The Expat Community in Brunei

The expat community is a great example of how communities can form beyond family relations and cultural traditions. They travel far and wide to find work and contribute to the economy of their host country.
This is, of course, no easy task. Living in a different country can be a daunting experience due to language barriers and cultural differences.
Yet, it is within these differences that real connection and a strong sense of community can be found. The result is a community that bonds over shared interests and their different cultural values.

Brunei has a diverse cultural landscape, in part due to more than 100,000 expatriates that live and work in the country.

The story of the expatriate community in Brunei is often associated with a utilitarian aspect: to contribute to the economy and fill gaps that exist because of a shortage of skilled labour.
However, the contribution of expatriates (which comes from the Latin term ‘ex’ (meaning ‘out of’) and ‘patria’ (meaning ‘native country’) in Brunei have gone beyond just being economical.
By being involved in daily Bruneian life, expats have enriched the community through their own story and identity, at the same time, maintaining strong links with their own home country.
In 2016, over 100,000 expatriates lived in the country and are actively contributing to the Brunei economy and cultural landscape. In this article, we’ll look at five of the most notable expat communities in Brunei and explore their various contributions to the country.
We’ll take a quick look at the contributions from some of the expat communities in Brunei:

The Indonesian Community

Indonesians have played an important role in helping build the foundation for manpower that Brunei needed to develop its own industry and economy.
The Indonesian community has made their mark on Brunei through various means — from businessmen and religious teachers to tradesmen and domestic helpers. All of them have been integral to the development of Bruneian society.

The shared language, culture and religion between Brunei and Indonesia have shaped strong bonds between both countrymen.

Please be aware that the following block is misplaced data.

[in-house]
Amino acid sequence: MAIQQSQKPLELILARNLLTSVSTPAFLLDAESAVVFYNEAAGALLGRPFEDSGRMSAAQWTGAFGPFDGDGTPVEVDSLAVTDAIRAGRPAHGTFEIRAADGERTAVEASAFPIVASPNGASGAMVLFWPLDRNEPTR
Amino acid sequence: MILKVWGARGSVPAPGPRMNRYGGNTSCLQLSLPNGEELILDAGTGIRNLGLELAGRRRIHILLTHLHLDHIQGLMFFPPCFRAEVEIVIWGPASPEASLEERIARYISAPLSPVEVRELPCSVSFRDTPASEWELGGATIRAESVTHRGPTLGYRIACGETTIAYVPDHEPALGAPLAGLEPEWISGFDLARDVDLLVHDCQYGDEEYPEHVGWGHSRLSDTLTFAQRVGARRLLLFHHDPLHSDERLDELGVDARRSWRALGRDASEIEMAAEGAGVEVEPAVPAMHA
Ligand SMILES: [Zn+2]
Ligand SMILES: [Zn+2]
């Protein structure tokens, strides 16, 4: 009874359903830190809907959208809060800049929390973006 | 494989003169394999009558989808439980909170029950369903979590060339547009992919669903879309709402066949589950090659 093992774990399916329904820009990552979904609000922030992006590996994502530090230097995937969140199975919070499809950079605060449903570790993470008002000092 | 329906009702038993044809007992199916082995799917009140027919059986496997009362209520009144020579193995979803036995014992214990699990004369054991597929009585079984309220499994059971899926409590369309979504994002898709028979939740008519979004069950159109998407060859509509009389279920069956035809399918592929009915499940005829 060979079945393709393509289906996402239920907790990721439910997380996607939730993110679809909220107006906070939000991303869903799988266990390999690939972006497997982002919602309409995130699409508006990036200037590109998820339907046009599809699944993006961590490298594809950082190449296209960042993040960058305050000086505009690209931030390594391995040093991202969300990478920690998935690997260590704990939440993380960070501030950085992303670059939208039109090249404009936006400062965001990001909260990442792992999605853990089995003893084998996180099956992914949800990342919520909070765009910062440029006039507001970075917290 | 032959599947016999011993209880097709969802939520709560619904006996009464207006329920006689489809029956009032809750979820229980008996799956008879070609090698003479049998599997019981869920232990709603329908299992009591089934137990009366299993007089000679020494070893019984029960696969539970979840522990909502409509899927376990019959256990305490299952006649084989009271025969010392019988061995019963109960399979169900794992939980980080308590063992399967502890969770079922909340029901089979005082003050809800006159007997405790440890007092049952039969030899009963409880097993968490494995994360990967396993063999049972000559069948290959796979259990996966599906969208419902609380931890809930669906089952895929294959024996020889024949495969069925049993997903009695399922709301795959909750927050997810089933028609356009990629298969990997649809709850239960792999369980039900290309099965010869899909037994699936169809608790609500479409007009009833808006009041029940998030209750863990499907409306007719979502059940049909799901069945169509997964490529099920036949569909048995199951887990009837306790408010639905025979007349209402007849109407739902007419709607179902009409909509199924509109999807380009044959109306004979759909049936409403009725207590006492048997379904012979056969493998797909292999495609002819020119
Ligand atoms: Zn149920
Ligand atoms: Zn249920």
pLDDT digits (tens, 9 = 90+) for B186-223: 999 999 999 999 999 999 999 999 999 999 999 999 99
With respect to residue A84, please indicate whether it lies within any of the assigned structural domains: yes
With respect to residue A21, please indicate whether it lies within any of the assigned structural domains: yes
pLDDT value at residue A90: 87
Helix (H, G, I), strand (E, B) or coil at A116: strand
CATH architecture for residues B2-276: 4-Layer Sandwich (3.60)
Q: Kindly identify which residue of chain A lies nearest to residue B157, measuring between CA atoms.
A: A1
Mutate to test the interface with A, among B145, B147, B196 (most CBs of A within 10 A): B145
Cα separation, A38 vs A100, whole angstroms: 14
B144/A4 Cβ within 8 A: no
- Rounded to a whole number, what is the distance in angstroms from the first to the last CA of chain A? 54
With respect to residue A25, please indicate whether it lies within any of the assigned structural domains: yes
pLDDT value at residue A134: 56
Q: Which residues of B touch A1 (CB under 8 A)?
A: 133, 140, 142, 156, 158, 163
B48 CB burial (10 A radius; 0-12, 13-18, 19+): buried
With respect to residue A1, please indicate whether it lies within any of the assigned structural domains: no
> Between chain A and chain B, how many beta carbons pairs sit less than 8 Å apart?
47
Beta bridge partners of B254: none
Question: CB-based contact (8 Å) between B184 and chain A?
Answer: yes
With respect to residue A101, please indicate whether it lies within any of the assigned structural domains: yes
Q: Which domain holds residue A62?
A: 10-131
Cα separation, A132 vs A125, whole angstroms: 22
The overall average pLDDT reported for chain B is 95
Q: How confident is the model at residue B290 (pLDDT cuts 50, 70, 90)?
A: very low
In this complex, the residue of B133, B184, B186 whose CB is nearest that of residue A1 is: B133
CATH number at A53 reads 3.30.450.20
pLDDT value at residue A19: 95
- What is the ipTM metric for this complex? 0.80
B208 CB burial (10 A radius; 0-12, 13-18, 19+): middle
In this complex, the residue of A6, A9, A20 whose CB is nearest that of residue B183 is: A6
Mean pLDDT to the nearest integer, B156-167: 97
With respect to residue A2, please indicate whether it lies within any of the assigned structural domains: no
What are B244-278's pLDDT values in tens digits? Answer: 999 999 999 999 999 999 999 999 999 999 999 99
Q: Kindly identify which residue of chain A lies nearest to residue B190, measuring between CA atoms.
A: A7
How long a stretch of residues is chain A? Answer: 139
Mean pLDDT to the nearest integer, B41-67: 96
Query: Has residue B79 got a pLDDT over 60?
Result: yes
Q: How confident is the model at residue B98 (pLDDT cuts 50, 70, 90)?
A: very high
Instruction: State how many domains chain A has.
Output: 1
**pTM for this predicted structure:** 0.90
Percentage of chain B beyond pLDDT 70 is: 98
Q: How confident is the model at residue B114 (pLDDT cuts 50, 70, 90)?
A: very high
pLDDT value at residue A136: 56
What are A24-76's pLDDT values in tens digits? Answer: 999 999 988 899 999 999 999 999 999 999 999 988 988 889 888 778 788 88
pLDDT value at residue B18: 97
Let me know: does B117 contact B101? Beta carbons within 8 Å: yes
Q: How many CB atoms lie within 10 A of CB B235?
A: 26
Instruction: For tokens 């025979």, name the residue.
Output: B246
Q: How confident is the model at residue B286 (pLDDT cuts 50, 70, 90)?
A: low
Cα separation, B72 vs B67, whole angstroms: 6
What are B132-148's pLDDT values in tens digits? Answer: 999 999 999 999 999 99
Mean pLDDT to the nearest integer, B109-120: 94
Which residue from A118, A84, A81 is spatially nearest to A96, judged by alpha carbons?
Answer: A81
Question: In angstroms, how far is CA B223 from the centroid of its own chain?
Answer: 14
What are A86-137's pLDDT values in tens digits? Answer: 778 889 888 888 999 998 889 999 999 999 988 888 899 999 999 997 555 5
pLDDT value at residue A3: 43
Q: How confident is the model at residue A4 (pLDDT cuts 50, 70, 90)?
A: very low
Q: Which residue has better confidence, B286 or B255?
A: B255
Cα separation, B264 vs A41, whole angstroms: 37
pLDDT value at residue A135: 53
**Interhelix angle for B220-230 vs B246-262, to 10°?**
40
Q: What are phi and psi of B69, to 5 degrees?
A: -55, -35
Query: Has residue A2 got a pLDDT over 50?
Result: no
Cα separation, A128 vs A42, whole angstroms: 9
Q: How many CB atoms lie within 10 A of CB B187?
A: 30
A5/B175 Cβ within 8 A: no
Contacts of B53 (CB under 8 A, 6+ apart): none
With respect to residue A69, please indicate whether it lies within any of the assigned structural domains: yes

The 60,000 strong Indonesian community also brought over elements of Indonesian culture that we now think of as everyday Bruneian life — from ayam penyet to cendol, from batik to dangdut!
To get in touch with the Indonesian Embassy in Brunei call 2330180 or send an email to

The Filipino Community

Filipinos have been an important part of the workforce since the early 1980s. One of the major contributions to come out of the Philippines for Brunei was the famous architect. Leandro Valencia Locsin, who designed the Istana Nurul Iman, which turned out to be his largest single work.

There are about 32,000 Filipinos residing in Brunei, according to the latest estimate by the Commission on Filipinos Overseas.

Most of them work in the retail, hospitality and health sector, where they are anecdotally known for driving the service standards in the country.
To get in touch with the Philippine Embassy in Brunei, call 2241465 or send an email to

The Bangladeshi Community

Bangladeshis have been the backbone of Brunei’s construction industry for many years. There are about 10,000 Bangladeshis employed in Brunei’s construction sector with most contributing to a bulk of the manual labour required to build important infrastructure.
One of the major projects completed recently is the newly-built Raja Isteri Pengiran Anak Isteri Bridge which is 750 metres long and connects the water village to the capital.
Apart from the construction industry, there are also many Bangladeshis who are working in the healthcare, engineering and education sectors.
You can contact the Bangladesh High Commission in Brunei by calling 2342420 or by sending an email to

The Indian Community

Indian migration to Brunei began well before Bruneian independence, with many second and third generation immigrants now running successful business empires in both retail and textile. Businesses such as First Metro, Bismi and Nazmi textiles, all of whom have had their humble beginnings, are now big companies with a large Bruneian customer base.

Up to date, more than 11,000 Indians now live in the sultanate and actively make both economic (construction, health and education) and cultural contributions (the much-beloved murtabak or roti) to enrich Brunei’s diverse community.

The Indian Chamber of Commerce in Brunei also plays an active role in facilitating a healthy trade and business relationship between the two countries.
Indian culture has influenced everything from Bruneian cuisine (murtabak or dosai for breakfast anyone?) and fashion to the passionate devotion to Bollywood films.
You can get in touch with the Indian High Commission by calling 2339947 or by emailing

The British Community

The expat numbers for British community may be smaller, but they’ve had significant historical and cultural influence in the sultanate that goes way back. The British presence in Brunei dates to 1888 when Brunei was under the protection of the British Empire and a British resident was installed to govern the affairs of the country.

Even as Brunei gained independence in 1984, British influence was, and still is, deeply rooted — many of Brunei’s public, educational and legal institutions are modelled on British systems.

On the economic front, the UK maintains important education links with Brunei, sending over many English teachers and teaching coaches to help build local capacity in schools.
The UK consistently ranks as the most popular destination for Bruneian tertiary students, with hundreds pursuing higher education there each year.
Not to mention, the monarchs of both countries are the longest-serving heads of state in the world.
To get in touch with the British High Commission, call 2222231 or send an email to

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